table

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table

 [ta´b'l]
a flat layer or surface.
cohort life table a life table giving the survival data of a cohort of individuals in a clinical study or trial, i.e., the number alive and under observation (not lost to follow-up) at the beginning of each year, the number dying in each year, the number lost to follow-up each year, the conditional probability of survival for each year, and the cumulative probabilities of survival from the beginning of the study to the end of each year.
inner table the inner compact layer of the bones covering the brain.
life table any of various tables describing mortality and survival data for groups of individuals at specific times or over defined intervals; tables may summarize combined mortality experience by age over a brief period or may follow a cohort over time (cohort life table).
outer table the outer compact layer of the bones covering the brain.
tilt table a plinth, equipped with a footboard for support, to which a patient can be strapped for rotation to a nearly upright position; used in cases of spinal cord injury and other neurological disorders to enhance blood circulation to the lower limbs, improve posture, and aid in muscle training and sense of balance.
vitreous table inner table.

ta·ble

(tā'bĕl),
1. One of the two plates or laminae, separated by the diploë, into which the cranial bones are divided.
2. An arrangement of data in parallel columns, showing the essential facts in a readily appreciable form.
3. A platform on which items can be placed.
[L. tabula]

table

Epidemiology A set of data arranged in rows and columns. See Contingency table, Evidence table, Increment-decrement life table, Life table, Metropolitan Life table Surgery The slab on which a Pt is placed to perform an operation.

ta·ble

(tā'bĕl)
1. One of the two plates or laminae, separated by the diploë, into which the cranial bones are divided.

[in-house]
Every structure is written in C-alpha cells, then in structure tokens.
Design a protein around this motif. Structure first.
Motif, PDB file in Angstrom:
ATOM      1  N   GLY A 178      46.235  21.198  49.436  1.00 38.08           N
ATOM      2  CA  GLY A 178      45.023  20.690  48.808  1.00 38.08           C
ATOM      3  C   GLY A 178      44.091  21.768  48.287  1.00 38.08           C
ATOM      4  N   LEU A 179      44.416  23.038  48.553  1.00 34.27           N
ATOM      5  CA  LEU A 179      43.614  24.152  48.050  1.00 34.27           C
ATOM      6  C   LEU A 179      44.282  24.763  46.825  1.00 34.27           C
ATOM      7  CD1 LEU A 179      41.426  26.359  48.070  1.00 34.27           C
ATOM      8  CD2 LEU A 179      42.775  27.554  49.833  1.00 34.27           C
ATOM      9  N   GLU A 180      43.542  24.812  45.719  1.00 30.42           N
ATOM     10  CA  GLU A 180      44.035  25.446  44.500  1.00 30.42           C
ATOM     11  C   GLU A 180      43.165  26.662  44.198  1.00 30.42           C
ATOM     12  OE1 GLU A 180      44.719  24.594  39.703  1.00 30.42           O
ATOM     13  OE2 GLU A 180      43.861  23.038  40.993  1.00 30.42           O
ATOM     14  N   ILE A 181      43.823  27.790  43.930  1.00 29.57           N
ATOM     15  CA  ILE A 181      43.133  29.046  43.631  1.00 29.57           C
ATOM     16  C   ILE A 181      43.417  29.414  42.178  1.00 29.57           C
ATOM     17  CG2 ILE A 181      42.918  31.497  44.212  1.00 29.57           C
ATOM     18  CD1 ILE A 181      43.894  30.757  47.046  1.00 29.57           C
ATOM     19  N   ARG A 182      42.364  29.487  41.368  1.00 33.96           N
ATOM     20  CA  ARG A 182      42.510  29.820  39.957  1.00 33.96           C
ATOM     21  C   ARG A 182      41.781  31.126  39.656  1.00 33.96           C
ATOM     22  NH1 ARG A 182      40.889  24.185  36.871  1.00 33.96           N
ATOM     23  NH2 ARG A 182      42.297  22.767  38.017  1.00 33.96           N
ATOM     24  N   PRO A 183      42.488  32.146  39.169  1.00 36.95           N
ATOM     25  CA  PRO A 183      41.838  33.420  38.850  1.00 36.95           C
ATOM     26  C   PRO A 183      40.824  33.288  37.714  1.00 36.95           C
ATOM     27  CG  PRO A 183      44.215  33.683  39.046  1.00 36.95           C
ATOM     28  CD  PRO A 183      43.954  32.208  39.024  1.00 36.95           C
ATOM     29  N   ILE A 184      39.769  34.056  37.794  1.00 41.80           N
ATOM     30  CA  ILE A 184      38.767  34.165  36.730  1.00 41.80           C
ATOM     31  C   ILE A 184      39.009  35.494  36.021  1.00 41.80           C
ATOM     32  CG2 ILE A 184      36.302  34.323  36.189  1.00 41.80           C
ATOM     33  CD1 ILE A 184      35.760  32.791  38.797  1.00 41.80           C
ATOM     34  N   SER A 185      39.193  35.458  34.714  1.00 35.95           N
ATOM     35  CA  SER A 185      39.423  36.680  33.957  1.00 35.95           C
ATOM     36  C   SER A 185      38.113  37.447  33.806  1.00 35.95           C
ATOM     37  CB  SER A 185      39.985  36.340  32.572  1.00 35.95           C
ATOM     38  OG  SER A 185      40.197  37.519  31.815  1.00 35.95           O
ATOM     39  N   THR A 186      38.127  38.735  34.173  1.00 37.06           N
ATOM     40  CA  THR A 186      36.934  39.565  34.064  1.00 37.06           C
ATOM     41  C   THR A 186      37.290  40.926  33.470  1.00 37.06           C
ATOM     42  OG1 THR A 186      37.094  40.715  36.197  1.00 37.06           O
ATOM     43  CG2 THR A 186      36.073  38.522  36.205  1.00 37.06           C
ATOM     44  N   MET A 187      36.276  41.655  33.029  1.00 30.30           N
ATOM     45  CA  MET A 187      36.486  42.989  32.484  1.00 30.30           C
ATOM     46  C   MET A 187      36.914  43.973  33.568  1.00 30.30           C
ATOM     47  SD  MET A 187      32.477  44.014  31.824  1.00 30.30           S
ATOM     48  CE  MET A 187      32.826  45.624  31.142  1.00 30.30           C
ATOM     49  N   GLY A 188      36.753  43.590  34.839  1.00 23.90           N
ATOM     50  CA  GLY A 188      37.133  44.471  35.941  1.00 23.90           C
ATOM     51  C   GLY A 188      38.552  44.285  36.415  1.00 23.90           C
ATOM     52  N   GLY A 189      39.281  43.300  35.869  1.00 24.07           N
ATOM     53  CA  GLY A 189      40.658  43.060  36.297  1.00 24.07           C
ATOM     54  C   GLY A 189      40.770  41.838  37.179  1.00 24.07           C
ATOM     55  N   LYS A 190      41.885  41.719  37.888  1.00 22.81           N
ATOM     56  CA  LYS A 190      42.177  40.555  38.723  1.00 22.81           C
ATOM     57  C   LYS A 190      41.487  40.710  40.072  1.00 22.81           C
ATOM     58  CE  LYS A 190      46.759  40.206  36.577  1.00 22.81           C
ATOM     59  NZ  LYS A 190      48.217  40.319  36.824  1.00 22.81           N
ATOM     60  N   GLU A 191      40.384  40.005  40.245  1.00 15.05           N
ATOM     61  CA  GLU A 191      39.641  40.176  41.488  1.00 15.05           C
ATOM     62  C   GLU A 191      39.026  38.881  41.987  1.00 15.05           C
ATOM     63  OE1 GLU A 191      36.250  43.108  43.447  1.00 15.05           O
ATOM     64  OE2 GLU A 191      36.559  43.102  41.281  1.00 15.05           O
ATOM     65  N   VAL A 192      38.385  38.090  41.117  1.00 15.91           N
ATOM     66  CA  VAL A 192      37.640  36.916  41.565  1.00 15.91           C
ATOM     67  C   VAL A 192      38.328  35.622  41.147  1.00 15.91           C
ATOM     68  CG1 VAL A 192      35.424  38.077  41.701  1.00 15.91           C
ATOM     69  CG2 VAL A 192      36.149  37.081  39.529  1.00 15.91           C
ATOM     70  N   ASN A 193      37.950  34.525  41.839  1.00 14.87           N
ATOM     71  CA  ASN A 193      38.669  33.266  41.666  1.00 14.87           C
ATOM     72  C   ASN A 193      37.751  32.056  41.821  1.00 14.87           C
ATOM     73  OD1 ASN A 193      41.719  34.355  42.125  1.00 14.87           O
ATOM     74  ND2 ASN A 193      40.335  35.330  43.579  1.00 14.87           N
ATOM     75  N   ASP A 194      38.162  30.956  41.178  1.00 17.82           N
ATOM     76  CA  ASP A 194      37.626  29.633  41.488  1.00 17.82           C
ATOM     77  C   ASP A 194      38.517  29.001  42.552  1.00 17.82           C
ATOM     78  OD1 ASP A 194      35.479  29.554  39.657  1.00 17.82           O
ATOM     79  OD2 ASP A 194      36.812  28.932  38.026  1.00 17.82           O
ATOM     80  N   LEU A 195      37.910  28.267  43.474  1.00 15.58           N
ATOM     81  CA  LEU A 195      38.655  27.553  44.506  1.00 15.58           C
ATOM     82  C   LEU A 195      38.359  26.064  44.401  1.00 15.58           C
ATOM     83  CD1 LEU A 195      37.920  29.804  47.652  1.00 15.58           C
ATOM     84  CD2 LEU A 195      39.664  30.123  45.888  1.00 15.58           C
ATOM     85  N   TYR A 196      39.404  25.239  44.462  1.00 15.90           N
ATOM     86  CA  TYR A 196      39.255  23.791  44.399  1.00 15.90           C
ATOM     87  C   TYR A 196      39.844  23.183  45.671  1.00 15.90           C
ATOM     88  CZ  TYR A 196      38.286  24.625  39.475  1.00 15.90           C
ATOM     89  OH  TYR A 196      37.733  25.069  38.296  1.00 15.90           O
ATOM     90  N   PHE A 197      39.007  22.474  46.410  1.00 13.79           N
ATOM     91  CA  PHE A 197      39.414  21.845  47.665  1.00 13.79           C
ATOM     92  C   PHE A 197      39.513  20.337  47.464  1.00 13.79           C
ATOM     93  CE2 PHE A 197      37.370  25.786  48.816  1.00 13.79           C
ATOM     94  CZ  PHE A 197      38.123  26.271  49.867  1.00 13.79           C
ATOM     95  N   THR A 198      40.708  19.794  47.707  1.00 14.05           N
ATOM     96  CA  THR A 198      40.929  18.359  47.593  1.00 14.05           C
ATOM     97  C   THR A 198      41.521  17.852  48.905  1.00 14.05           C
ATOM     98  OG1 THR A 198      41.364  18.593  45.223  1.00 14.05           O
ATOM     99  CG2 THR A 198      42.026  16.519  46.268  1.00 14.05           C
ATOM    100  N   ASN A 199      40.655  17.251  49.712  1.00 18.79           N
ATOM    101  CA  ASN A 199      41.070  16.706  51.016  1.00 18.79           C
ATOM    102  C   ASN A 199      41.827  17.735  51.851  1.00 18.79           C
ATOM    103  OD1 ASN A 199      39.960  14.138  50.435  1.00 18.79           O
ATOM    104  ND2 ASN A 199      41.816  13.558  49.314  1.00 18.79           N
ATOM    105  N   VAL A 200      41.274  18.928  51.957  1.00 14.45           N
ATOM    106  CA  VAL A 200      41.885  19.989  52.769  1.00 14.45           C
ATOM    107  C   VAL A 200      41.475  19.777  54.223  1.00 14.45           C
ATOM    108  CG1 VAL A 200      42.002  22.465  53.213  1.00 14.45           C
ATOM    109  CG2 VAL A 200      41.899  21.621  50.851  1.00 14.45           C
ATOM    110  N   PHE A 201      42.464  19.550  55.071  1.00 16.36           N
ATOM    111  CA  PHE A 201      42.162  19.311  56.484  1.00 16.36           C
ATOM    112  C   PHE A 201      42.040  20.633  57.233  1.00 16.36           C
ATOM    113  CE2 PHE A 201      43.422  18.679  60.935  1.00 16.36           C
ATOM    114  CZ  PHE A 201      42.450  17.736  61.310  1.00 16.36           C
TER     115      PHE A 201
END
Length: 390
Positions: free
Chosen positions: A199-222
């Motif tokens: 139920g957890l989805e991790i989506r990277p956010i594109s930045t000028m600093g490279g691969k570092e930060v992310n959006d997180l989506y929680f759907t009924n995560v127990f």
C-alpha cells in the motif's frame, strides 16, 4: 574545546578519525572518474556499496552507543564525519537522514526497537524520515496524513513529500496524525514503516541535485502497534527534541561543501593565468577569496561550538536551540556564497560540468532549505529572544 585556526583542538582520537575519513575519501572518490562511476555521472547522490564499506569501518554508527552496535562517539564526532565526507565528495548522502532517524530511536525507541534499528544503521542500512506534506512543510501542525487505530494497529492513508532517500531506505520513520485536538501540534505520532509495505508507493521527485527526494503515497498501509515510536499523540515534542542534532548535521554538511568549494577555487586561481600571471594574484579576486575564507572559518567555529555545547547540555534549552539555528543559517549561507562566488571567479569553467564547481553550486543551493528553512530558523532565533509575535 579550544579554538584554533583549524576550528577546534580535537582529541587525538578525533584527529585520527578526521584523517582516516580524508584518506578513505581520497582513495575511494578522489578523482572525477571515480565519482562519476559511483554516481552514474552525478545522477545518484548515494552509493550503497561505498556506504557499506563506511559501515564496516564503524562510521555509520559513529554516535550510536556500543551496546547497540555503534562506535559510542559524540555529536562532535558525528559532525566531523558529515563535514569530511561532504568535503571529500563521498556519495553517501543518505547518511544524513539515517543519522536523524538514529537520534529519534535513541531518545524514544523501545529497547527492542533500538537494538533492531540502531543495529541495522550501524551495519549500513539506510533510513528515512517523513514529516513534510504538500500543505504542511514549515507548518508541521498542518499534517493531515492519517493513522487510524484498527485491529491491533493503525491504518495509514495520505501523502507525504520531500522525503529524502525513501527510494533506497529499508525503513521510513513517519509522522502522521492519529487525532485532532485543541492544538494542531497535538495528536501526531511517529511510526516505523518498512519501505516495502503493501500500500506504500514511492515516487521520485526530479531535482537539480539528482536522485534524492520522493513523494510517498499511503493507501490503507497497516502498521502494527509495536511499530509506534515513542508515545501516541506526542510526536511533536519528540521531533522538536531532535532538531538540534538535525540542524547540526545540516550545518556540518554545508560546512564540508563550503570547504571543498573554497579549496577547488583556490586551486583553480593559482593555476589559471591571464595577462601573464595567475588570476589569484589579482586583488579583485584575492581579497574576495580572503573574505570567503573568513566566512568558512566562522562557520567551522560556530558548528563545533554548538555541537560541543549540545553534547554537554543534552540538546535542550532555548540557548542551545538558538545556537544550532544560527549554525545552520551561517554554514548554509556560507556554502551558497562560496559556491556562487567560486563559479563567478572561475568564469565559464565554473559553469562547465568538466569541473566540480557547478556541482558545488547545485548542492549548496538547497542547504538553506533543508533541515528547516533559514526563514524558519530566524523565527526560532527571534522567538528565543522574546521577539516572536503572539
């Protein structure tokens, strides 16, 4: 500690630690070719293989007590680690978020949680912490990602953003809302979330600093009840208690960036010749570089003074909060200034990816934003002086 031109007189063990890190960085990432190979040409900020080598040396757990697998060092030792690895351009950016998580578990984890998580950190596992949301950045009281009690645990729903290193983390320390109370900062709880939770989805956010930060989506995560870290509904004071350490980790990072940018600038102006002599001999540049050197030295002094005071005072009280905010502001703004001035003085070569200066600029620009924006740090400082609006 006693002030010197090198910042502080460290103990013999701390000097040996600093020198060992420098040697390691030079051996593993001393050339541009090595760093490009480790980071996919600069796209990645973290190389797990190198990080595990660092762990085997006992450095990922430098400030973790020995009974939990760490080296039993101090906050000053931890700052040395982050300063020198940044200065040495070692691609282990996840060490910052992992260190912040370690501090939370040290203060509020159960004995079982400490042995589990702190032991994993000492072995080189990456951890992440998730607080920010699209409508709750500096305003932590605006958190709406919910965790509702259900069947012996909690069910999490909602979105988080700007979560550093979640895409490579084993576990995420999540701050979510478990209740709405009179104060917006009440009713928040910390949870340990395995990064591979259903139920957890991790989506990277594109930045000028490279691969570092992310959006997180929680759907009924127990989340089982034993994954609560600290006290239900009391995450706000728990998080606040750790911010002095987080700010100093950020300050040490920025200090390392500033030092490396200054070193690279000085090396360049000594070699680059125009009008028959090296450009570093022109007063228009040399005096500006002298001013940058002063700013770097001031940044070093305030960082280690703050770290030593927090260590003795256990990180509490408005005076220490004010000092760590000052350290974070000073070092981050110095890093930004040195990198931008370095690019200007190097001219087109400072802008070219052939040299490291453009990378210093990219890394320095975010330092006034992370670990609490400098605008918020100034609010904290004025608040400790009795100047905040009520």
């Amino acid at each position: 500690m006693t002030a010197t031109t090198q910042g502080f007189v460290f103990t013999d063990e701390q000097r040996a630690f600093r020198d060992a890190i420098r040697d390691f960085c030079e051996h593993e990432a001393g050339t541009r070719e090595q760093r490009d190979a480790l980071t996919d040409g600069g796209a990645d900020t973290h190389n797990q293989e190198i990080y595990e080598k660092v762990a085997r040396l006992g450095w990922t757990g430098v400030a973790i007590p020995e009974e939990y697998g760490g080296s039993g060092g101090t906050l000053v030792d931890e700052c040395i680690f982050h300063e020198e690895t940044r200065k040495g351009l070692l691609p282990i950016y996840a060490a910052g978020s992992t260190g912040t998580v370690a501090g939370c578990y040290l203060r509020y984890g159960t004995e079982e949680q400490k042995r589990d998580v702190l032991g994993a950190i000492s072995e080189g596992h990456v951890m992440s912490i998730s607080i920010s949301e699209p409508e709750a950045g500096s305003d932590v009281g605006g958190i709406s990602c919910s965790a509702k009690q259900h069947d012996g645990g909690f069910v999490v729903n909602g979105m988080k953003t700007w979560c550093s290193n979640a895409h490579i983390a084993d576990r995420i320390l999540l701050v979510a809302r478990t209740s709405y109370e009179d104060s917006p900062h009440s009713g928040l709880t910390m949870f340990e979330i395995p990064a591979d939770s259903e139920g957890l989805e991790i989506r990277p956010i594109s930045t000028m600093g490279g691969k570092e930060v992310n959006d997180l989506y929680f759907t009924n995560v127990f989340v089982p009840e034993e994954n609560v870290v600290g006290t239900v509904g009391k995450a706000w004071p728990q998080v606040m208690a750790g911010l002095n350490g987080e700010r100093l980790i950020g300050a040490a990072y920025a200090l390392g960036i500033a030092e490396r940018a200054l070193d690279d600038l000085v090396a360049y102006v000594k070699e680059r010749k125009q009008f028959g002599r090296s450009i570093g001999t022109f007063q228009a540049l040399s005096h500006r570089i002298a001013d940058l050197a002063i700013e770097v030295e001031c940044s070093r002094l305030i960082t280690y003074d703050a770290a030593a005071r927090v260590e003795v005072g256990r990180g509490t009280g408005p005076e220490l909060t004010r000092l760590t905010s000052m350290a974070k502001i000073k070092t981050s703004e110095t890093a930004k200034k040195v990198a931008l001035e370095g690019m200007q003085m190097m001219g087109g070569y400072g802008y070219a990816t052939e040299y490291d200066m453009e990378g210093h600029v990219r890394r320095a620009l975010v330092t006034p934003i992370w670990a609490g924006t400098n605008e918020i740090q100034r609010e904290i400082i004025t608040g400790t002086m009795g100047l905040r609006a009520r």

2. An arrangement of data in parallel columns, showing the essential facts in a readily appreciable form.
3. Any flat-surfaced structure that serves as furniture.
[L. tabula]

ta·ble

(tā'bĕl)
1. One of the two plates or laminae, separated by the diploë, into which the cranial bones are divided.
2. A platform on which items (e.g., dental tools) can be placed.
[L. tabula]
References in periodicals archive ?
In younger children, cortical contusions are less common because the inner table of the skull is smoother, and therefore, the above locations may not be typica (l.1,2,14) It is important to look at the soft tissues of the scalp, as intraparenchymal contusions are classically coup (just below the point of direct impact) or contracoup (opposite to the site of direct impact) in location.
Normally, cancellous bone is obtained by creating a "trap door" bone window, allowing access to the inner tables of the iliac crest in an open harvesting technique.
Growth factors stimulate new bone formation on the internal surface of the inner table and external surface of the outer table.
(12) Preserving the inner table and the iliac crest will reduce the incidence.
Selective outer table craniotomy has also been described to expose the frontal sinus cavity while carefully preserving the inner table, with radical removal of the mucocele mucosa for frontal mucocele without any intracranial or intraorbital extension.
The inner table of the skull was found to be intact.
Computed tomography (C.T) scan on admission revealed an acute SDH over the entire left cerebral hemisphere with a thickness of approximately 22 mm and a low-density band between the acute SDH and the inner table of the skull.